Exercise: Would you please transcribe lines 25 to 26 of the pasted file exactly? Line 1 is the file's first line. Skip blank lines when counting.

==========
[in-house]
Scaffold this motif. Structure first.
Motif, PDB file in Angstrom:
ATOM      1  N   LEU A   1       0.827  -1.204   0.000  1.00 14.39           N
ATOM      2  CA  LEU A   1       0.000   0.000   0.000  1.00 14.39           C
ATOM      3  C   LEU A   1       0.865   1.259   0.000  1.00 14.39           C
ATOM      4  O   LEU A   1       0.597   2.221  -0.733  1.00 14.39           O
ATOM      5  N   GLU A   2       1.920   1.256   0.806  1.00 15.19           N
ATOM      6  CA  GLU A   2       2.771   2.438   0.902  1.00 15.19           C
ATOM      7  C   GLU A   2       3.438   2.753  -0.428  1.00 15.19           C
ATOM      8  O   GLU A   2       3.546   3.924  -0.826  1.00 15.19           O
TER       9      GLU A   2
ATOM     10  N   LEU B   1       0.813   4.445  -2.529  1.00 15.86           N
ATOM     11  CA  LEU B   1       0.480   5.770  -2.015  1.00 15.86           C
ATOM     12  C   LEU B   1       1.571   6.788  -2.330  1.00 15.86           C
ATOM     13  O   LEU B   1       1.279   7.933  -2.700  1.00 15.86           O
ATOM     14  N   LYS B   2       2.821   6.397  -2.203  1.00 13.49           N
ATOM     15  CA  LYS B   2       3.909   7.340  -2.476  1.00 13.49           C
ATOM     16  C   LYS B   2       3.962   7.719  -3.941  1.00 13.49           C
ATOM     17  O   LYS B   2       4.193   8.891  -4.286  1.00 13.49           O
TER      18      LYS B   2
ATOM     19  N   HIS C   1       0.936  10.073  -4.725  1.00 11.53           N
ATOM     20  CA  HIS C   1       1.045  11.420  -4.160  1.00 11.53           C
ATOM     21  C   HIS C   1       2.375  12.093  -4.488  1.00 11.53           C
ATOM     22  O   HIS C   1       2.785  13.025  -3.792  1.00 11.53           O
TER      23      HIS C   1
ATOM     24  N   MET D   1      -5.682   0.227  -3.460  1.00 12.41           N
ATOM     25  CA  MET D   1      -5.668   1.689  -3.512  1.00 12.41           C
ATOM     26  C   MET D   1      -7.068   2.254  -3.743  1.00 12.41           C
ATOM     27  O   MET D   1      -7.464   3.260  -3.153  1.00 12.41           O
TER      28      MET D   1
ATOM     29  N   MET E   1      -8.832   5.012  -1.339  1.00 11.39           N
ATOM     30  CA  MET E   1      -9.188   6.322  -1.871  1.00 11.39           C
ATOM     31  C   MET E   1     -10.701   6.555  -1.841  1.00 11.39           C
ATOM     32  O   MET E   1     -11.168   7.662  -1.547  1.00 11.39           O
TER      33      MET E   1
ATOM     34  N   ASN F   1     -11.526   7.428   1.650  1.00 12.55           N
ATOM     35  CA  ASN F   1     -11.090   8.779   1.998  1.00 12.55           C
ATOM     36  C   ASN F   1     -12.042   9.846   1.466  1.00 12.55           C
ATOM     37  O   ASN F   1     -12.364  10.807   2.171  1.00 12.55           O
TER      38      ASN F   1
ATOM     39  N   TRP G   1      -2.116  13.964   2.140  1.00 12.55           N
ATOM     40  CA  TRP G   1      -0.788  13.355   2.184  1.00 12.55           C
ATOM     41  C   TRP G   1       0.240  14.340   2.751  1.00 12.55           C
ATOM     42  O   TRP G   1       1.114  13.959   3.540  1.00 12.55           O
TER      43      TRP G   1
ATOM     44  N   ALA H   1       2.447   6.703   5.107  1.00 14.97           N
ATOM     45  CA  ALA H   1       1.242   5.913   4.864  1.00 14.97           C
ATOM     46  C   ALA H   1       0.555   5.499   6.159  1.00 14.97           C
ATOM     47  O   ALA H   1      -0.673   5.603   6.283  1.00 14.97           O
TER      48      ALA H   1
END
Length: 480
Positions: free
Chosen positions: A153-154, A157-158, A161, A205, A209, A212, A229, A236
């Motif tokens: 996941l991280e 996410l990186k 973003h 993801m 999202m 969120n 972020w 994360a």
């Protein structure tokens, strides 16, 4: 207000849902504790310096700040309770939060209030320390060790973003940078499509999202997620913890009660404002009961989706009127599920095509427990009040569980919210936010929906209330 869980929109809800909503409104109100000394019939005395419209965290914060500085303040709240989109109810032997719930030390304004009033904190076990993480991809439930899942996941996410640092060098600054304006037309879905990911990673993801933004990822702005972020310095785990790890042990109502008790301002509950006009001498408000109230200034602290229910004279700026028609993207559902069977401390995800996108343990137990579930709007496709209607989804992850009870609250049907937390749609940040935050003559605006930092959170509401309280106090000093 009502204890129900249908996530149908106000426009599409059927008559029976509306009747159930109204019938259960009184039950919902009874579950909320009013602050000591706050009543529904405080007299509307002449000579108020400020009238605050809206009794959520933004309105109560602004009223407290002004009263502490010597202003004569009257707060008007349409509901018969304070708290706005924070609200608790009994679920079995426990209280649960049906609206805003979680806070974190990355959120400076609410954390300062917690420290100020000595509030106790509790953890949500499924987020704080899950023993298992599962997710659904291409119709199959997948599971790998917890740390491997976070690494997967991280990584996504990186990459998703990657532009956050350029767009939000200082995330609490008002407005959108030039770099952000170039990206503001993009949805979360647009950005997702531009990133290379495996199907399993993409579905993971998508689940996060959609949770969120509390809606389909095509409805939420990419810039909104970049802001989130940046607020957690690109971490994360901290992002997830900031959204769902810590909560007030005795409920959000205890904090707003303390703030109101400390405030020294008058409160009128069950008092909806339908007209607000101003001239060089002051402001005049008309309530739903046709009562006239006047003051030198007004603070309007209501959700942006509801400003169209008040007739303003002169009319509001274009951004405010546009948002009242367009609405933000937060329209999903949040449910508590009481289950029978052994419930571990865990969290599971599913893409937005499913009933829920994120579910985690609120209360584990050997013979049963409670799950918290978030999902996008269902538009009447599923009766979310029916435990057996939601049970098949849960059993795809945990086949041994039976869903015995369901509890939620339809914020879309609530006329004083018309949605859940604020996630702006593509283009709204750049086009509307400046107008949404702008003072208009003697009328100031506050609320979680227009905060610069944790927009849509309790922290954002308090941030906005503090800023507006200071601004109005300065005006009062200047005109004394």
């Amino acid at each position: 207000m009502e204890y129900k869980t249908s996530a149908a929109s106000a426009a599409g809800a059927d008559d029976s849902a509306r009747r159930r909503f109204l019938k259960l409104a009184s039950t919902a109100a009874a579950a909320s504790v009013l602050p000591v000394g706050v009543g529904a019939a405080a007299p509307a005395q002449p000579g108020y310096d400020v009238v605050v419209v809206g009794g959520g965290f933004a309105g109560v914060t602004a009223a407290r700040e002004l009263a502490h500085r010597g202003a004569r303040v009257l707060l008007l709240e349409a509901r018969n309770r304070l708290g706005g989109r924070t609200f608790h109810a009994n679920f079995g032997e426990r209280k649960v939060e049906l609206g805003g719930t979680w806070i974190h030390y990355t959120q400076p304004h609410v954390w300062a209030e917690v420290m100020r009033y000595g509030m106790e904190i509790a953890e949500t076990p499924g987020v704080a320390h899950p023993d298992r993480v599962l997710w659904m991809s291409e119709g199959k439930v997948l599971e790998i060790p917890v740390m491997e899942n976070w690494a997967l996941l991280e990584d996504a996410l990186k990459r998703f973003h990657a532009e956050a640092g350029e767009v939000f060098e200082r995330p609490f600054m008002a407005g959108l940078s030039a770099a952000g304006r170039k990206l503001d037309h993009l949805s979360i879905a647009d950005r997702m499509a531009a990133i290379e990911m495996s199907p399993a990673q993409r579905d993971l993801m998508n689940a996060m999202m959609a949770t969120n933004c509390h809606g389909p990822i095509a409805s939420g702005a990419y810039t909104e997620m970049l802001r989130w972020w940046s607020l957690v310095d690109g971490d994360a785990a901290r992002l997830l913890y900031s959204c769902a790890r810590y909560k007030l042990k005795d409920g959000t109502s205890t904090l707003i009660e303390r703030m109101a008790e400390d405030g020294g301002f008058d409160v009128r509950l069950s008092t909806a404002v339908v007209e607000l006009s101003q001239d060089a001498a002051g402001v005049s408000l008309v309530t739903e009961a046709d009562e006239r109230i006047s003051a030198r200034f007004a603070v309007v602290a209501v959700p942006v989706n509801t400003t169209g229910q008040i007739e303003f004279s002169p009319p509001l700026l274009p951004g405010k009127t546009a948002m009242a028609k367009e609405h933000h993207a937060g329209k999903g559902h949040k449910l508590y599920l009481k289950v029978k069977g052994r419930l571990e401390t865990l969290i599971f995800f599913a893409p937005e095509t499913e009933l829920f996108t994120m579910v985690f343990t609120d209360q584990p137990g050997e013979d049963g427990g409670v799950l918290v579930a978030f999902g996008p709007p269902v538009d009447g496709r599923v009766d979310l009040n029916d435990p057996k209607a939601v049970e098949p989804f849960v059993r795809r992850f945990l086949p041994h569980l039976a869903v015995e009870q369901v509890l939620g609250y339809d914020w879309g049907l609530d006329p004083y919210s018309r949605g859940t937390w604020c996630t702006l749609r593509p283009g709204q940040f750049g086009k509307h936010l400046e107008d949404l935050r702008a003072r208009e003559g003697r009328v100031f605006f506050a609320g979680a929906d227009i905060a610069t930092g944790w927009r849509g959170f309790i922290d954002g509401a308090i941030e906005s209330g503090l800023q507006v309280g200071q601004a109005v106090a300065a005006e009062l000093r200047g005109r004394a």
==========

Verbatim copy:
ATOM     22  O   HIS C   1       2.785  13.025  -3.792  1.00 11.53           O
TER      23      HIS C   1